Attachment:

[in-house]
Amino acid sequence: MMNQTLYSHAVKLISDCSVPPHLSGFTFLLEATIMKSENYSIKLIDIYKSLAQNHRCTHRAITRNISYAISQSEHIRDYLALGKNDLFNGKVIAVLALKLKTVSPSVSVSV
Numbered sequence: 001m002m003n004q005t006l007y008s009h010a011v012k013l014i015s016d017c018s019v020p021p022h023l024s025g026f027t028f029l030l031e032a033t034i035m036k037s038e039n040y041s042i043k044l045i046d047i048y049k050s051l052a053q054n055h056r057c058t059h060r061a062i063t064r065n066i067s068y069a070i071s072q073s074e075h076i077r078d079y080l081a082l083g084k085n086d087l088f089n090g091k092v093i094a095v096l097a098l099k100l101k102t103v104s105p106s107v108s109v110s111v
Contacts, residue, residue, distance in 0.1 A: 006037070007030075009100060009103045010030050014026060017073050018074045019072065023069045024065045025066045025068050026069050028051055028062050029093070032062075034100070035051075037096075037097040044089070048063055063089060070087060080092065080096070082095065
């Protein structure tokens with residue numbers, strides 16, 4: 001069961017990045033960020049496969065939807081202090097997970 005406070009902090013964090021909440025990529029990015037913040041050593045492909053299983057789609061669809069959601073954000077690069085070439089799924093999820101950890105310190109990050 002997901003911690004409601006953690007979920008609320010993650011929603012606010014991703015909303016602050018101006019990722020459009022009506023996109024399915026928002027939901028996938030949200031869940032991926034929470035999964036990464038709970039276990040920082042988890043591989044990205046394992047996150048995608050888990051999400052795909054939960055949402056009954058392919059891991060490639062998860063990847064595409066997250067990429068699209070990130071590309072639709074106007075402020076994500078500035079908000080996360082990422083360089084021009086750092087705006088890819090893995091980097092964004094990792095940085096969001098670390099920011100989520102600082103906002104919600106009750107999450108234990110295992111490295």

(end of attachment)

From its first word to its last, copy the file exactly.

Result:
[in-house]
Amino acid sequence: MMNQTLYSHAVKLISDCSVPPHLSGFTFLLEATIMKSENYSIKLIDIYKSLAQNHRCTHRAITRNISYAISQSEHIRDYLALGKNDLFNGKVIAVLALKLKTVSPSVSVSV
Numbered sequence: 001m002m003n004q005t006l007y008s009h010a011v012k013l014i015s016d017c018s019v020p021p022h023l024s025g026f027t028f029l030l031e032a033t034i035m036k037s038e039n040y041s042i043k044l045i046d047i048y049k050s051l052a053q054n055h056r057c058t059h060r061a062i063t064r065n066i067s068y069a070i071s072q073s074e075h076i077r078d079y080l081a082l083g084k085n086d087l088f089n090g091k092v093i094a095v096l097a098l099k100l101k102t103v104s105p106s107v108s109v110s111v
Contacts, residue, residue, distance in 0.1 A: 006037070007030075009100060009103045010030050014026060017073050018074045019072065023069045024065045025066045025068050026069050028051055028062050029093070032062075034100070035051075037096075037097040044089070048063055063089060070087060080092065080096070082095065
């Protein structure tokens with residue numbers, strides 16, 4: 001069961017990045033960020049496969065939807081202090097997970 005406070009902090013964090021909440025990529029990015037913040041050593045492909053299983057789609061669809069959601073954000077690069085070439089799924093999820101950890105310190109990050 002997901003911690004409601006953690007979920008609320010993650011929603012606010014991703015909303016602050018101006019990722020459009022009506023996109024399915026928002027939901028996938030949200031869940032991926034929470035999964036990464038709970039276990040920082042988890043591989044990205046394992047996150048995608050888990051999400052795909054939960055949402056009954058392919059891991060490639062998860063990847064595409066997250067990429068699209070990130071590309072639709074106007075402020076994500078500035079908000080996360082990422083360089084021009086750092087705006088890819090893995091980097092964004094990792095940085096969001098670390099920011100989520102600082103906002104919600106009750107999450108234990110295992111490295």